A lack of regulatory approval has delayed the full rollout that would produce the expected revenue for the Vikings stadium.
Dave Stokes of St. Paul plunked down 20 dollars to try his luck at electronic pulltabs and in 20 minutes had almost 50 dollars in winning pulls and still had almost 30 dollars, 10 more than when he started, while playing at Skinner's Pub and Eatery Wednesday, Feb. 27, 2013, in St. Paul.
Before an effective solution can be crafted for a problem, the problem has to be correctly defined. That’s the challenge with the so-called shortfall in revenue from the electronic charitable games that were approved last year by the Minnesota Legislature and Gov. Mark Dayton to help fund a Vikings stadium.
Some are suggesting that charitable organizations aren’t adopting the new games quickly enough — or that Minnesotans aren’t playing enough to meet the revenue goals. Both criticisms miss the mark.
We have barely started with our new electronic gambling. And the good news is that the immediate challenge is uncomplicated and easily corrected. Regulatory approval of the new games has lagged far behind what is needed to meet the economic forecasts.
The state based its revenue projections on the new games being available in 2,500 sites as soon as last fall. Six months beyond that target date, fewer than 150 sites are in operation.
Instead, some of the distributors of the new games who have the longest and most trusted relationships with operators remain on the sidelines — waiting for approval. Since the law took effect last year, only two of the five manufacturers that want to do business in Minnesota have been approved. Only three of the 10 distributors that eventually will do business in the state are currently able to do so.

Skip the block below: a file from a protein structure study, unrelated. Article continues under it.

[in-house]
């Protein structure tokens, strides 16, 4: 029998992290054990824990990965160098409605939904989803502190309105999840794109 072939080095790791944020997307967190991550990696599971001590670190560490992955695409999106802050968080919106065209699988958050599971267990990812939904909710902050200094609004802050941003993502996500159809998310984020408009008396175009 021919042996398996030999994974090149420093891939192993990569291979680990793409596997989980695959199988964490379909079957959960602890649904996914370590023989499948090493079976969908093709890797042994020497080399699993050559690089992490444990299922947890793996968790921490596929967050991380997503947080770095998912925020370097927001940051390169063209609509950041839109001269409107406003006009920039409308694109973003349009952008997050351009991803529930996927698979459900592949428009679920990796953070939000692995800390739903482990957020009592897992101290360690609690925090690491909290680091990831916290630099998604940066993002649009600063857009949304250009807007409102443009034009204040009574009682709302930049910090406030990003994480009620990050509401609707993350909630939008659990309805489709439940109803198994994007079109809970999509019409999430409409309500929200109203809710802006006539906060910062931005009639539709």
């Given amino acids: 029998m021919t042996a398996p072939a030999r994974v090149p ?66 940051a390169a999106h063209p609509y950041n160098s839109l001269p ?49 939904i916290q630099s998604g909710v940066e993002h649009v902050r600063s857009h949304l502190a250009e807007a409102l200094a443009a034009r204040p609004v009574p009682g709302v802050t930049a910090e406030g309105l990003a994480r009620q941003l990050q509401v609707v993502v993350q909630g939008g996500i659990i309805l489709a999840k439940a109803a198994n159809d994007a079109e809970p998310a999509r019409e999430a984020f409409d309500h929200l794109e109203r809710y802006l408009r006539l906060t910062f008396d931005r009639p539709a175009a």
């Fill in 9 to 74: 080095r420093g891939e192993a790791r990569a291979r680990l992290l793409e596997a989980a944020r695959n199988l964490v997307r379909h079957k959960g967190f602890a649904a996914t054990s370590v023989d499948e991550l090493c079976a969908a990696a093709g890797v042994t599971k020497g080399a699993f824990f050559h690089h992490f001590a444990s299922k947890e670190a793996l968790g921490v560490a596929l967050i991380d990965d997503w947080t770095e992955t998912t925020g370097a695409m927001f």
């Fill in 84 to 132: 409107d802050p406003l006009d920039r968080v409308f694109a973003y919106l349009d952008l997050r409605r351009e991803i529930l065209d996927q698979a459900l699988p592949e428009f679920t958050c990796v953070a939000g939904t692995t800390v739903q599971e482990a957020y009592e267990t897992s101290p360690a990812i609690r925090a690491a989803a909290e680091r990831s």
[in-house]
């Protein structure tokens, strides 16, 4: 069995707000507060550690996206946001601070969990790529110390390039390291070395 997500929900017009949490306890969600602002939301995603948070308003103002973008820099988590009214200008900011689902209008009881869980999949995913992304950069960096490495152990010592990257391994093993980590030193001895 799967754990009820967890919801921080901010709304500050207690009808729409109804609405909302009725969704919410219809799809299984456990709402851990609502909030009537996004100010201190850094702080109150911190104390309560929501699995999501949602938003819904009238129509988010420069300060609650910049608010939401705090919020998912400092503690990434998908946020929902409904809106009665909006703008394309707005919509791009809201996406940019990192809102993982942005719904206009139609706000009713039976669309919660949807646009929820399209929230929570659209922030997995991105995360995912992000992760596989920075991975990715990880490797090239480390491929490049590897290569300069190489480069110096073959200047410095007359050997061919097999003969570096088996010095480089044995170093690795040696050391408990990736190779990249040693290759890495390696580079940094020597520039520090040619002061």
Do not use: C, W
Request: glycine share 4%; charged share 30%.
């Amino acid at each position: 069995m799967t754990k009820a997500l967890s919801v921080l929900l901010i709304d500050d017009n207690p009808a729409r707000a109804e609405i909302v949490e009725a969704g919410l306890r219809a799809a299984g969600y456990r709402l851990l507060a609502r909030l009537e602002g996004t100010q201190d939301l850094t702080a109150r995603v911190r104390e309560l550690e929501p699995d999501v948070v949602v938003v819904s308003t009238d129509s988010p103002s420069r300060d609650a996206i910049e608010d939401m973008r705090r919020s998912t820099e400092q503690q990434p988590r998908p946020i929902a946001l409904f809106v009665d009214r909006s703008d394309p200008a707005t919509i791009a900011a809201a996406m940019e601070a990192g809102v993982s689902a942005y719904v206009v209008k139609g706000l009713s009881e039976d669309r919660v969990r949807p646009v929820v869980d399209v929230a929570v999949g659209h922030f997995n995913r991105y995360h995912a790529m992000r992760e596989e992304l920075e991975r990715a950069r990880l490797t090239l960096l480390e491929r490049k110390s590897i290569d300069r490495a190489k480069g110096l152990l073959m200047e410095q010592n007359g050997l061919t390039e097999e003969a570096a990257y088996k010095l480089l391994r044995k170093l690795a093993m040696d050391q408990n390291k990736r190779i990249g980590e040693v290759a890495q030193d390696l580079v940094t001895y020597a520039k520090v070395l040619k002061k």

The revenue expected by the state will follow when our manufacturers, distributors and machines win approval through the regulatory process, putting the games in our hands. It’s that simple.
The most promising new e-game — electronic bingo linked to sites across the state — isn’t yet available at all. By connecting players around Minnesota, e-bingo will generate jackpots of $25,000 or more several times a day. E-bingo promotes the social interaction that makes paper pulltabs popular. While e-pulltabs have their place, they are mainly a solitary game. E-bingo is broadcast on a big-screen TV at every site, allowing players and nonplayers to share the excitement of a big jackpot.
While we believe the approval process could move more quickly, we recognize that Minnesota is the first state in the nation to review many of the e-games. Consistent rules, efficient approval processes and sufficient staff to manage applications are just now being developed. In the long run, this cautious approach will ensure that charitable gaming in Minnesota continues to be operated with absolute integrity and security.
It’s also important to remember that linking charitable gaming to public funding of the Vikings stadium was not our idea. Our goals were to win approval of the linked e-bingo games to deliver more money to our charitable missions in our local communities through tax relief.
Ultimately, though, after linkage with the stadium, our local charitable needs and recommendations were rejected. The final bill was a stadium-funding bill first — not a charitable-gaming bill. Charitable gaming became a means to a new end. Instead of an exclusive focus on funding our local charitable missions, we were told to also finance the state’s stadium bonds.
Most important, our knowledge of our industry in Minnesota was not sought on the rollout of the games.
All that is behind us. We believe charitable gaming will deliver at the levels needed to finance the stadium once the distributors and manufacturers are approved and machines and games are in the hands of our organizations.
Charitable gaming is stronger than it has been in years, even before the e-games become available. Paper pulltab sales have totaled $5 billion in the past five years. Charitable gaming will generate $45 million to $50 million in tax revenue this fiscal year, largely from traditional games. That’s not small change.
Charitable gaming in Minnesota isn’t the problem. Charitable-gaming organizations stand ready to help find solutions that will protect the integrity of the games, ensure that we can deliver for our communities and charitable missions, and deliver the revenue the state needs to finance the stadium bonds.
Allen Lund is executive director of Allied Charities of Minnesota.